Abram Petrovich Hannibal (1696-1782)
- Believed to be born in Born in either Senegal or Eritrea, he was brought to Peter the Great as a gift.
- Abram studied math and languages in Paris, fought in the French military and returned home to become commanding general of the Russian army.
- He was the maternal great-grandfather of Alexander Pushkin, one of the most revered figure in Russian culture.
Sold into Turkish slavery, Abram Petrovich Hannibal was brought as a black servant to Czar Peter I, known as Peter the Great. He became one of the royal favorites, a general-in-chief and one of the best educated men in Russia. His great-grandson was Alexander Pushkin, the famous Russian writer who later glorified the deeds of his black ancestor in his book, The Negro of Peter the Great.
It is believed that Hannibal was born on an unknown date around 1696 in the principality of Logon in present day Cameroon or South west Eritrea. Abducted by a rival tribe, Hannibal was sold to Turkish slave traders who brought him to Constantinople in 1703. As an eight-year-old boy he came to the court of Peter the Great who adopted him immediately. Being the Czar’s godson, Hannibal assumed his name, Petrovich, and became his valet on Peter’s various military campaigns and journeys. When the Czar visited France in 1716, Hannibal was left behind in Paris to study engineering and mathematics at a military school. Two years later, he joined the French army and fought in the war against Spain. In January 1723, Hannibal finally returned to Russia.
To Hannibal’s misery, his protector Peter the Great died in 1725, leaving the black artillery lieutenant in the dependence of the royal advisor Prince Menshikov, who–due to his dislike for Hannibal–assigned him to Siberia and later to the Chinese border where his task was to measure the Great Wall.
Hannibal’s fortunes changed in 1741, when Empress Elisabeth took the throne and Hannibal was allowed to officially return from his exile although in fact he had done so clandestinely in 1731. Five years after his illegal return, he married his second wife Christina Regina von Schöberg, the daughter of a Swedish army captain, who bore him eleven children. One of his sons named Osip was the grandfather of the poet Alexander Pushkin.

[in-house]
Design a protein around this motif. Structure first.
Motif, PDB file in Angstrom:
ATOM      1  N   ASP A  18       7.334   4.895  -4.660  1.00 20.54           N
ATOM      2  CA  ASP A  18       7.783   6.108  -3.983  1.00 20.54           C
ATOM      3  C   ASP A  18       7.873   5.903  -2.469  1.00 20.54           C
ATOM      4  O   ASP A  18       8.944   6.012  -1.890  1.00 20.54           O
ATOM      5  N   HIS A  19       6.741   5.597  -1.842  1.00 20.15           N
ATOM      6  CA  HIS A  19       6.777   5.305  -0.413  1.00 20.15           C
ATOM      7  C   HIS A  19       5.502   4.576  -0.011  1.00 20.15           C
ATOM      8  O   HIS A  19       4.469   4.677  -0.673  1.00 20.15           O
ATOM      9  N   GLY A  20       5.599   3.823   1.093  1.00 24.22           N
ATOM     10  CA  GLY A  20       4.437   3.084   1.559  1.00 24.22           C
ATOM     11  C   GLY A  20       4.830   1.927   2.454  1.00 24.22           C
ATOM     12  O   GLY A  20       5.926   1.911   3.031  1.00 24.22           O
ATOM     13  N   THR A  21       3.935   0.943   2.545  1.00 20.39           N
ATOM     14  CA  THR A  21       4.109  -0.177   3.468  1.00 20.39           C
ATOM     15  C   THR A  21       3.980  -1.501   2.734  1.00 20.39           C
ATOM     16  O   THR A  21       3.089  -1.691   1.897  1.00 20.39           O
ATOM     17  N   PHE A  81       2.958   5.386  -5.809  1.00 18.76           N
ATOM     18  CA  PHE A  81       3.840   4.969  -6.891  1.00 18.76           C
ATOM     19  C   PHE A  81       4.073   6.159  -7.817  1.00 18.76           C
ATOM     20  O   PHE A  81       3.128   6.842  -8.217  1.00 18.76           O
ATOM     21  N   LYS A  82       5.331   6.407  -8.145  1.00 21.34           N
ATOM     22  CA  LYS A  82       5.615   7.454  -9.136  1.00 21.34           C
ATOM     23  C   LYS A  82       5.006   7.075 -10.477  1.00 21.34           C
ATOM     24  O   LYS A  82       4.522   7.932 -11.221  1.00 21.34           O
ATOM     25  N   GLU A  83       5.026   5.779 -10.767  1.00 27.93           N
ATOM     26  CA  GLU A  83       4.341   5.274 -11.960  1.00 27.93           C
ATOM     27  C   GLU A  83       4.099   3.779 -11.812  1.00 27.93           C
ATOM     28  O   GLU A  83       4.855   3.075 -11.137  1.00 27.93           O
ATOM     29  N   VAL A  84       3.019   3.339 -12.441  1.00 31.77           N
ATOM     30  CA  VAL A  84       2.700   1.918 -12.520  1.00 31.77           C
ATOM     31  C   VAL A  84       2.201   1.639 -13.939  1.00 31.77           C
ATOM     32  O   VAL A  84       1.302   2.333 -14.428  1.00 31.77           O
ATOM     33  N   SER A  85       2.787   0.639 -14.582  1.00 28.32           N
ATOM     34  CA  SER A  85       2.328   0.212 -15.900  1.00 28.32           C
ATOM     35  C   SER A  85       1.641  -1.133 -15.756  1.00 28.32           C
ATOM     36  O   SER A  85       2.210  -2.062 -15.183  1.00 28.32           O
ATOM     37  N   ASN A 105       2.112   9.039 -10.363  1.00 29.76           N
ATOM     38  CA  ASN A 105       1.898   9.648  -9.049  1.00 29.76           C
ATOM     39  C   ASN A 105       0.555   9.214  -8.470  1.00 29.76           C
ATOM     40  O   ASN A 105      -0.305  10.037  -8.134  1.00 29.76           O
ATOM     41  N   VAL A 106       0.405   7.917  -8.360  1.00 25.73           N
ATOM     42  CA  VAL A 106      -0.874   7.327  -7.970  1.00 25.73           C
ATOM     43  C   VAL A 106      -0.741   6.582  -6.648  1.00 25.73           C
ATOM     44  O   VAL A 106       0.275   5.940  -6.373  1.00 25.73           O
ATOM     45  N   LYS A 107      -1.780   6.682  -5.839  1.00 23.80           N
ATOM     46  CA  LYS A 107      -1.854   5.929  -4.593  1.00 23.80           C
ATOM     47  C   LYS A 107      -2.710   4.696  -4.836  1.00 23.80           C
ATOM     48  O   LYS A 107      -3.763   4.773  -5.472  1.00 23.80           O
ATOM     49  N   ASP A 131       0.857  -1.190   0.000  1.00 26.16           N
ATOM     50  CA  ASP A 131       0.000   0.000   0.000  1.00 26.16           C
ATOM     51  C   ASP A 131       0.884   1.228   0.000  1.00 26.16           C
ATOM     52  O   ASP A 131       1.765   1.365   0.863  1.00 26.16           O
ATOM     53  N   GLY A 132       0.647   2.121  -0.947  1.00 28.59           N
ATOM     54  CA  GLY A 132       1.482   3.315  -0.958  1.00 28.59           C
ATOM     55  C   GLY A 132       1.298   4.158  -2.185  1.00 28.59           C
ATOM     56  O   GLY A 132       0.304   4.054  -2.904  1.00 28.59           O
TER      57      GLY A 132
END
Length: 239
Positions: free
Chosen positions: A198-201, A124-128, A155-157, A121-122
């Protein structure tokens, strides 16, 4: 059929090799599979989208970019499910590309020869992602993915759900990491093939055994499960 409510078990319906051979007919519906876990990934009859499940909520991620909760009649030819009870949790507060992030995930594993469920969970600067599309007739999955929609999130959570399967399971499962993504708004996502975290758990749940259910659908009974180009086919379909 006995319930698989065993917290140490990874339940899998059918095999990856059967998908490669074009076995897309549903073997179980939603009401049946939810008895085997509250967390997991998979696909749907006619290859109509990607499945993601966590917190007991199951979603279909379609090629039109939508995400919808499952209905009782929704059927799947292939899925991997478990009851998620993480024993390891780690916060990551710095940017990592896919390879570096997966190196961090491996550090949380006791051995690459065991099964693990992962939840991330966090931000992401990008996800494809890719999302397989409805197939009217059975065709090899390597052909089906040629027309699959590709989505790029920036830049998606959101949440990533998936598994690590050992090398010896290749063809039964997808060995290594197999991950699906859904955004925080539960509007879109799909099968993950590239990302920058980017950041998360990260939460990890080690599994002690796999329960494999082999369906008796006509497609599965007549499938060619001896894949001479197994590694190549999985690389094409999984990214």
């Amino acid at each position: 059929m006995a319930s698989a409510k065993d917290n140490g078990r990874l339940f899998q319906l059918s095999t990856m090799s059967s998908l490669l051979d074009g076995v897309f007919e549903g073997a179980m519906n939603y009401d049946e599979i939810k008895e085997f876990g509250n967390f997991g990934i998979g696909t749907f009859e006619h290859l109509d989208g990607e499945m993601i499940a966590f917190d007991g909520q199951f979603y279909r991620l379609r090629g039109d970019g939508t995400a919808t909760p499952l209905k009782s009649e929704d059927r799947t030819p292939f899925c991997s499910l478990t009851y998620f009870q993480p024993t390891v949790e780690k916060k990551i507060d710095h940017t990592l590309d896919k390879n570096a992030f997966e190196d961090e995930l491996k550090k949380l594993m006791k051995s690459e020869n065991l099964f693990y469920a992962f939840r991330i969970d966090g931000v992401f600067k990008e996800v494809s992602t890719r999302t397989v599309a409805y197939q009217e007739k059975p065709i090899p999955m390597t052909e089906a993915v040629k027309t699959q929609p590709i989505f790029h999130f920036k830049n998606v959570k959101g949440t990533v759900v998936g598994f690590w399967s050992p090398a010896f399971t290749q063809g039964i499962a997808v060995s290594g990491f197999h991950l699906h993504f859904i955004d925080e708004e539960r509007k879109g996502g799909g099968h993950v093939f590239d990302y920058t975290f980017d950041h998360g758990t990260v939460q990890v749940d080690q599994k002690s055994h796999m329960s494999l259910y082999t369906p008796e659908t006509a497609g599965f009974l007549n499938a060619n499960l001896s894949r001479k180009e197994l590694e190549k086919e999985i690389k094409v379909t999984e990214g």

Although it had been his wish to retire, Empress Elisabeth did not want to abandon Hannibal and his engineering skills. He was made commander of the city of Reval between 1743 and 1751 and by 1760 had been promoted to the rank of a full general. During his military career he oversaw various projects such as the construction of the Ladoga Canal and Russian fortresses. Abram Petrovich Hannibal died on April 20, 1781, as one of the leading pioneers of his country and probably the first outstanding engineer in Russian history.
Hugh Barnes, Gannibal: The Moor of Petersburg (London: Profile Books, 2005); Allison Blakely, Russia and the Negro: Blacks in Russian History and Thought (Washington, D.C.: Howard University Press, 1986); N. K. Teletova, “A.P. Gannibal: On the Occasion of the Three Hundredth Anniversary of the Birth of Alexander Pushkin’s Great-Grandfather,” Under the Sky of My Africa: Alexander Pushkin and Blackness, Ed. Catharine Theimer Nepomnyashchy, Nicole Svobodny, and Ludmilla A. Trigos (Evanston, Northwestern University Press, 2006).
here are some excerpts from the Economist’s review of Gannibal: The Moor of Petersburg (published in America as The Stolen Prince)
Click here for more.
But I thought black people didn’t exist in European history. or something.